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Food delivery firm DoorDash lands $400 million in financing

 Another 0 million in funding for the firm (Image: DoorDash)
Another $400 million in funding for the firm (Image: DoorDash)

Food delivery company DoorDash said late today that it raised $400 million in Series F financing from a group co-led by investors Temasek and Dragoneer Investment Group. Existing investors  Softbank Vision Fund, DST Global, Coatue Management, GIC, Sequoia Capital, and Y Combinator also participated, the San Francisco-based company said.

The company, founded in 2013 by four students at Stanford University, started out providing on-demand deliveries from restaurants to customers. It has since expanded into grocery deliveries, and through its DoorDash Drive platform, has made its last-mile delivery services to all customers. Its last funding round was in October 2018.

The company now operates in 3,300 cities, and it touts itself as the first on-demand platform to operate in all 50 states. DoorDash more than quintupled its geographic coverage during 2018 from its 2017 size, it said. It was reported in December 2018 that DoorDash overtook Uber Eats to hold the second position in total U.S. food delivery sales, behind only GrubHub.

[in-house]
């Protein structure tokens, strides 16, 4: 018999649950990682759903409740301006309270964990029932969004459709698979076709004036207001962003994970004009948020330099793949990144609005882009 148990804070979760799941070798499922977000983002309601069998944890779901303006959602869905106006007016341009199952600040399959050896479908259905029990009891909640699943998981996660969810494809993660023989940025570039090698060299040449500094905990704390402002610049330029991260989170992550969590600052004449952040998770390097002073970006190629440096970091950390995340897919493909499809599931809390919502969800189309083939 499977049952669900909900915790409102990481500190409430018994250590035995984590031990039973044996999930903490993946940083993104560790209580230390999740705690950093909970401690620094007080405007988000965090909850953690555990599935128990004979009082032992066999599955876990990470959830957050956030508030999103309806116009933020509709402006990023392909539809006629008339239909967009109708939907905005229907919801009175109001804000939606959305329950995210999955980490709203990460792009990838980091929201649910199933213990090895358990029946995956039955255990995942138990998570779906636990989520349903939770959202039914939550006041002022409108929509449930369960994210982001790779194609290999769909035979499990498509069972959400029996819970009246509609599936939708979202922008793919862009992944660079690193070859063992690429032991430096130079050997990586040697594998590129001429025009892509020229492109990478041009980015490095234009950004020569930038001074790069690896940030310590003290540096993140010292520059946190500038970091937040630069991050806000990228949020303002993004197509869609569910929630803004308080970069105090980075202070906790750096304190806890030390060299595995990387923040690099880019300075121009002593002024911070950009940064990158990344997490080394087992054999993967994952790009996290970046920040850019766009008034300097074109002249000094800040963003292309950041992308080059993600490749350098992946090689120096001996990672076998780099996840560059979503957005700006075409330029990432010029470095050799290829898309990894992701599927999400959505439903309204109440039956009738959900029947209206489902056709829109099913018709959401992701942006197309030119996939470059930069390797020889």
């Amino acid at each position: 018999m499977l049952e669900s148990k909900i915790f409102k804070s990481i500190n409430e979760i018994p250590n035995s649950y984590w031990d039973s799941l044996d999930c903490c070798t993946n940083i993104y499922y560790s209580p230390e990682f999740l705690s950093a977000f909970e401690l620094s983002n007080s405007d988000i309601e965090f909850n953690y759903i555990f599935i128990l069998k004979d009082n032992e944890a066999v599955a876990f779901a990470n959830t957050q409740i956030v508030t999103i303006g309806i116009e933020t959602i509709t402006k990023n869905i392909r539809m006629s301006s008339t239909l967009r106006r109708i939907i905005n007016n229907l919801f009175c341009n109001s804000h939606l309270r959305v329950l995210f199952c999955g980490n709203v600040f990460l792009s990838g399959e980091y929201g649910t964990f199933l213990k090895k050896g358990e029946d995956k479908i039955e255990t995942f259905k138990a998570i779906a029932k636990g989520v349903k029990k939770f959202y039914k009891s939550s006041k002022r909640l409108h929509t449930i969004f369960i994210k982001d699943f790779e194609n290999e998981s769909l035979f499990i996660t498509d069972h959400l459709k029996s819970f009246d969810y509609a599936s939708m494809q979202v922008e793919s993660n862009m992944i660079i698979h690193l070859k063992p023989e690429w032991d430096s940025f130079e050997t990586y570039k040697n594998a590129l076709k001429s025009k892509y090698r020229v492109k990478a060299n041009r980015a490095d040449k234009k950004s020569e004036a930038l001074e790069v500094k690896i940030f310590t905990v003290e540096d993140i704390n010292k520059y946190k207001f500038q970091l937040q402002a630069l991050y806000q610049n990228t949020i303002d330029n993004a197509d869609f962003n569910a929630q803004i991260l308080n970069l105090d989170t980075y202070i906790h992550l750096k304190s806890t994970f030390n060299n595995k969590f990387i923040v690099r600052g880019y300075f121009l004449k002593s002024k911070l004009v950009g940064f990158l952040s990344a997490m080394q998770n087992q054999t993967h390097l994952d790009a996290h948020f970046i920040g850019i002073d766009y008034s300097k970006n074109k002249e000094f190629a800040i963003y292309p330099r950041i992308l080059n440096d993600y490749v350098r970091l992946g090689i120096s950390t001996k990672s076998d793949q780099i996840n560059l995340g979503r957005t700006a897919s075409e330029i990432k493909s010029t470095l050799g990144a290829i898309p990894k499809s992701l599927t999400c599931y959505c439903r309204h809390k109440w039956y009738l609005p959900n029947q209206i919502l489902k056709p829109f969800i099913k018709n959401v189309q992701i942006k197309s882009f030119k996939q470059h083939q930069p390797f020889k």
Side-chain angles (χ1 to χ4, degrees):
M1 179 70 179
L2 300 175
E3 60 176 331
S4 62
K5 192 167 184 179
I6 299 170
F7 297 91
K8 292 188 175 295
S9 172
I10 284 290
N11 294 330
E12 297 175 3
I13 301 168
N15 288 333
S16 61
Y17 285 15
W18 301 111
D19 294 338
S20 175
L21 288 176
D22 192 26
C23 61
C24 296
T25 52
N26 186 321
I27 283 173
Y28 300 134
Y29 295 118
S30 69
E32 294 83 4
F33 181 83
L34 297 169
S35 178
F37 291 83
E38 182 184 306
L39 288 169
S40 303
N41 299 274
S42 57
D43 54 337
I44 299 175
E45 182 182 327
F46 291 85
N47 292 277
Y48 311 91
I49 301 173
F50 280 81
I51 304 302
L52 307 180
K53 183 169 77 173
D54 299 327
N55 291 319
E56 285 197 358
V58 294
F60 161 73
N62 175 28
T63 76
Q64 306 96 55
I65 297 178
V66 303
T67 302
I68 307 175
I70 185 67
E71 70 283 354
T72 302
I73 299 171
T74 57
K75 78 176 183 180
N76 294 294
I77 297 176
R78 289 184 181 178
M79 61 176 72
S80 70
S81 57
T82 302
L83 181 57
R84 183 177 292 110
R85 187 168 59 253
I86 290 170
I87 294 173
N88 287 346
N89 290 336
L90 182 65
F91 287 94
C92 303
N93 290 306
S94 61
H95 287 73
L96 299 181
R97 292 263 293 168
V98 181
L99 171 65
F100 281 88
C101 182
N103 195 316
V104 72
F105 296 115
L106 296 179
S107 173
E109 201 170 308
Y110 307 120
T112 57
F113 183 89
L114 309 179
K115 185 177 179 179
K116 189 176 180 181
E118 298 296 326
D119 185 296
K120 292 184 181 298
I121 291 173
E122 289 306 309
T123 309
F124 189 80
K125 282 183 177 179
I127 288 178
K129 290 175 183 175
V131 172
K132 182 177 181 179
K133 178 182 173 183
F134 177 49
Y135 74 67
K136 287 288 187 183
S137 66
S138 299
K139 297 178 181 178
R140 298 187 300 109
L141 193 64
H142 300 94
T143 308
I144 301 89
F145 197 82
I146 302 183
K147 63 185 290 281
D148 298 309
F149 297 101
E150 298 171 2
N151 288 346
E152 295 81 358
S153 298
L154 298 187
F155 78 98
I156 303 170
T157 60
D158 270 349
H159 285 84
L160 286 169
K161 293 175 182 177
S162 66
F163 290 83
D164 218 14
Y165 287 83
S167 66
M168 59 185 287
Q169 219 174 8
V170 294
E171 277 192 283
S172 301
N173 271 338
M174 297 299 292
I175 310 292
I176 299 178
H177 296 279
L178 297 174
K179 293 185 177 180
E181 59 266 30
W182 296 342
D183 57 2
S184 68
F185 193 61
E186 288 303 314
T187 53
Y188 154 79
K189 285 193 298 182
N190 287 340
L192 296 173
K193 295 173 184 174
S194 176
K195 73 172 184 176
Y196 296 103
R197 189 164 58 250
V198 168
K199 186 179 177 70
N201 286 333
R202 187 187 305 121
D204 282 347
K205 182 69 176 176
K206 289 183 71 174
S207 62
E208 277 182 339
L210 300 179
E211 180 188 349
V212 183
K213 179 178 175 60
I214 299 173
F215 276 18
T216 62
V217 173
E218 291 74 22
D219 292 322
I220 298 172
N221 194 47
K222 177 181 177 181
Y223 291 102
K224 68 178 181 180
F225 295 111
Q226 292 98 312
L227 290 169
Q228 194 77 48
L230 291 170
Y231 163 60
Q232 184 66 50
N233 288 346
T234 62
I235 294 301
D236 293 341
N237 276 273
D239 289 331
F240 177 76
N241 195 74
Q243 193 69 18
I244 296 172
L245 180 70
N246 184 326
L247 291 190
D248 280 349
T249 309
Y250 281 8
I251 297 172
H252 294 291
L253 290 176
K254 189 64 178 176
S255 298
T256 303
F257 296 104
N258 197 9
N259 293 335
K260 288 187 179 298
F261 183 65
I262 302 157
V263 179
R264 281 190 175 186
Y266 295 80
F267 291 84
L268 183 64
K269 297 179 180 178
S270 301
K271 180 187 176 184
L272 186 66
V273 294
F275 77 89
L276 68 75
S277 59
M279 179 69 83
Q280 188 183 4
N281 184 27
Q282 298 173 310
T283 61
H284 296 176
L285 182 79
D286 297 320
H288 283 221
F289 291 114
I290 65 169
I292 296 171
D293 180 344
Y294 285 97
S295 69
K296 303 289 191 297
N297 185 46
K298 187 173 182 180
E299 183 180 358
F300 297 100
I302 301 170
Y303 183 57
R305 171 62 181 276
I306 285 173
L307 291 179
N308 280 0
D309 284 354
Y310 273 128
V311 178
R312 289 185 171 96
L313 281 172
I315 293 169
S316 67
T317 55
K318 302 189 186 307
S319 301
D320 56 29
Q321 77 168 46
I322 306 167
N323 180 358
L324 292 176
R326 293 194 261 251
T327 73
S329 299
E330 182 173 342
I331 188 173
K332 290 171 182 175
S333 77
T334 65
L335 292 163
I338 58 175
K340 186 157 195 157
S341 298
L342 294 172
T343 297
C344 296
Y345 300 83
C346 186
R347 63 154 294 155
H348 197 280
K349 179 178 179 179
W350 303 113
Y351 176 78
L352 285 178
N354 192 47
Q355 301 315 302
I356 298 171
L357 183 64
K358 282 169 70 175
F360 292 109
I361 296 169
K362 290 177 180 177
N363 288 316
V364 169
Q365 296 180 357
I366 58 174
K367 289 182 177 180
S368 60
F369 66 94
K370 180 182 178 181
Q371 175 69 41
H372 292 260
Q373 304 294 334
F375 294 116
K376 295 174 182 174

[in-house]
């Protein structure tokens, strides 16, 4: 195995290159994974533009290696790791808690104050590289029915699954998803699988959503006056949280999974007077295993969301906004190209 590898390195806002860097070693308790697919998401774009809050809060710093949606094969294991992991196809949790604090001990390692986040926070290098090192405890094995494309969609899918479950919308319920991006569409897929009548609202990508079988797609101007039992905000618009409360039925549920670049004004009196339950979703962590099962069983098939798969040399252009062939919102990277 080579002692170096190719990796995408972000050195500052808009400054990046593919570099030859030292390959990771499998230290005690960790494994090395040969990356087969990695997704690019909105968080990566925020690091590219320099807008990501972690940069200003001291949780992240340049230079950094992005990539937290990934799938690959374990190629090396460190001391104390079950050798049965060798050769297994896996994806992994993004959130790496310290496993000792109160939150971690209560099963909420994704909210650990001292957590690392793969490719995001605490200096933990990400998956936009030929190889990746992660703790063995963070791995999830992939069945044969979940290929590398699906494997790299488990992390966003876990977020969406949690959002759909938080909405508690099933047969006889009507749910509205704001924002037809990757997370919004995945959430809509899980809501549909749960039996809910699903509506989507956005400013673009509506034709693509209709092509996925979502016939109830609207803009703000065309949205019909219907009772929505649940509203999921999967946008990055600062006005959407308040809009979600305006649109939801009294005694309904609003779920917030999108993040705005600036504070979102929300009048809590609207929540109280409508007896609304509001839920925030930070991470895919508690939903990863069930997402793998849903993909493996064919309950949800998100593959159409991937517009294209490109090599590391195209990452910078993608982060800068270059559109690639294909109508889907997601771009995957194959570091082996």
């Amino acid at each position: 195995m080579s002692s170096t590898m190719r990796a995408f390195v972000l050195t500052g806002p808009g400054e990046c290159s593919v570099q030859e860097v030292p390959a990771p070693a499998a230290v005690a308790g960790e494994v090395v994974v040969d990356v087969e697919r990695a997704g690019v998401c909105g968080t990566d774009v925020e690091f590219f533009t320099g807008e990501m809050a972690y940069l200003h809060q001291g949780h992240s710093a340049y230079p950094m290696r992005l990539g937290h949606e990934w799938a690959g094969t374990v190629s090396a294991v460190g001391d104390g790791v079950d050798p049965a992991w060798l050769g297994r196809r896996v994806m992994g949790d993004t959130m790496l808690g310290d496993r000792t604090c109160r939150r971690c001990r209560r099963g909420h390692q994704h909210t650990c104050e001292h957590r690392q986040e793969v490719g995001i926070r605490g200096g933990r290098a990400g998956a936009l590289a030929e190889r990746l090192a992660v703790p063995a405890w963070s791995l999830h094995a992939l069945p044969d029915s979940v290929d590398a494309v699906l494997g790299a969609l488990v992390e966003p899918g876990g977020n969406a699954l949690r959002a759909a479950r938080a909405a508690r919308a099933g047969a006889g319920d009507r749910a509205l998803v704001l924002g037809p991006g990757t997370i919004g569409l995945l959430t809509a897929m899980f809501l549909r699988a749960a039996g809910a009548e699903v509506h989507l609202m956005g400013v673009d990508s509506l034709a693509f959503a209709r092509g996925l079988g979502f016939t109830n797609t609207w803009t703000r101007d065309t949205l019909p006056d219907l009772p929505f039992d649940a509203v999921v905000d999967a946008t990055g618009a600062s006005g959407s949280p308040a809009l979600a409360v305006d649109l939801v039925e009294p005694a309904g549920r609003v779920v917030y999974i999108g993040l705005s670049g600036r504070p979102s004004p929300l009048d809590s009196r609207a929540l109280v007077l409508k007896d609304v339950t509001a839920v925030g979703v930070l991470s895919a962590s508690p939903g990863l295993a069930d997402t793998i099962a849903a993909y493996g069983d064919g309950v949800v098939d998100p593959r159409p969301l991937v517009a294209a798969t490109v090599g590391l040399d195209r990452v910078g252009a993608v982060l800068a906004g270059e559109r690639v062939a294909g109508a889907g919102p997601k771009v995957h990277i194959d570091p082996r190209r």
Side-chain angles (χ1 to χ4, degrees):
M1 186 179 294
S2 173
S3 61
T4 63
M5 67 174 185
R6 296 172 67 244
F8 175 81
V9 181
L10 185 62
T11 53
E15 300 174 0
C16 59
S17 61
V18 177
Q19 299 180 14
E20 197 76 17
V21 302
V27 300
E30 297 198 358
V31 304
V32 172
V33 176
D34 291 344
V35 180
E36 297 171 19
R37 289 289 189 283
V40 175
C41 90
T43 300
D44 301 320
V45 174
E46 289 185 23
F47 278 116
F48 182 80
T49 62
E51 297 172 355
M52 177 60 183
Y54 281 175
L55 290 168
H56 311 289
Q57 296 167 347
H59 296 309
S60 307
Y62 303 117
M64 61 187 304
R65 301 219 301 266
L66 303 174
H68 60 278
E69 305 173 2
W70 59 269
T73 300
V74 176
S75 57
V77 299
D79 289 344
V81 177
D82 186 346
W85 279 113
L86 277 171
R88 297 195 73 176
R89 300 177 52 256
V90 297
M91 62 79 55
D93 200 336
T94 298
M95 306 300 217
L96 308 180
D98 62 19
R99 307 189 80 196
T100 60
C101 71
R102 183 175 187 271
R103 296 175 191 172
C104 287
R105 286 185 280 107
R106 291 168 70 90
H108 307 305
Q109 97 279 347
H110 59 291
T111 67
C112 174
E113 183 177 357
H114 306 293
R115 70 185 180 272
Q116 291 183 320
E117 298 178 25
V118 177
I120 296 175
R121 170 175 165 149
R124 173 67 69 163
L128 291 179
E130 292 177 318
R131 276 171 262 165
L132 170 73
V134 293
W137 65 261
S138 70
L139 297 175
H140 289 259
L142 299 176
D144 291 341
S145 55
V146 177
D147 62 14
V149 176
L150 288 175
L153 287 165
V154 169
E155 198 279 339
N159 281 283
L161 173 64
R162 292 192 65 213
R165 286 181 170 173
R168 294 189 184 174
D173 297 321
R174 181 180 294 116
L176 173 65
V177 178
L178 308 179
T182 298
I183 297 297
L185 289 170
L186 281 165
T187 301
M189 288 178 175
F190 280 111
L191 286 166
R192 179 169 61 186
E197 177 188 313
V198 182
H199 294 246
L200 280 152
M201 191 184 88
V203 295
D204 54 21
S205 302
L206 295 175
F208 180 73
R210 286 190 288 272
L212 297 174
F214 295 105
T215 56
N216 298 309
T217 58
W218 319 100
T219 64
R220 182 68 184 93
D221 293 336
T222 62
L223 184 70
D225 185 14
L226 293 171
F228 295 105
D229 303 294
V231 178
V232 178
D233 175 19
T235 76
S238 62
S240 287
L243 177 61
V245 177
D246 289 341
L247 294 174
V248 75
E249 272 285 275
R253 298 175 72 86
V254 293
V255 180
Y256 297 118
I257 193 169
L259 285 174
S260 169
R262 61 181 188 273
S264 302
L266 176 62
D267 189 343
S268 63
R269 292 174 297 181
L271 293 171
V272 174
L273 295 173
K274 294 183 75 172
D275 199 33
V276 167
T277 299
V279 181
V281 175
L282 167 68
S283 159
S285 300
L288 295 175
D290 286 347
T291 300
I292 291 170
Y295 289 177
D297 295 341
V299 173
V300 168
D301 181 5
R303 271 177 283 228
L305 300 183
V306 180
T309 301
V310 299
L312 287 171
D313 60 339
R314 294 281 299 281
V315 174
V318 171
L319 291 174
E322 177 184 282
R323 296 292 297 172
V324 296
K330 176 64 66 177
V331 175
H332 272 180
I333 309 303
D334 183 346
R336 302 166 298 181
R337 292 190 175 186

In April 2017, DoorDash agreed to pay $3.5 million to settle a class-action lawsuit alleging that it misclassified its drivers as independent contractors. The company agreed to pay an additional $1.5 million if certain conditions were met. Under terms of the settlement, the status of contractors would not be changed to that of company employees, according to published reports. However, DoorDash said it would change some policies to improve clarity and ensure more rights for the workers, according to the reports.

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Mark Solomon

Formerly the Executive Editor at DC Velocity, Mark Solomon joined FreightWaves as Managing Editor of Freight Markets. Solomon began his journalistic career in 1982 at Traffic World magazine, ran his own public relations firm (Media Based Solutions) from 1994 to 2008, and has been at DC Velocity since then. Over the course of his career, Solomon has covered nearly the whole gamut of the transportation and logistics industry, including trucking, railroads, maritime, 3PLs, and regulatory issues. Solomon witnessed and narrated the rise of Amazon and XPO Logistics and the shift of the U.S. Postal Service from a mail-focused service to parcel, as well as the exponential, e-commerce-driven growth of warehouse square footage and omnichannel fulfillment.

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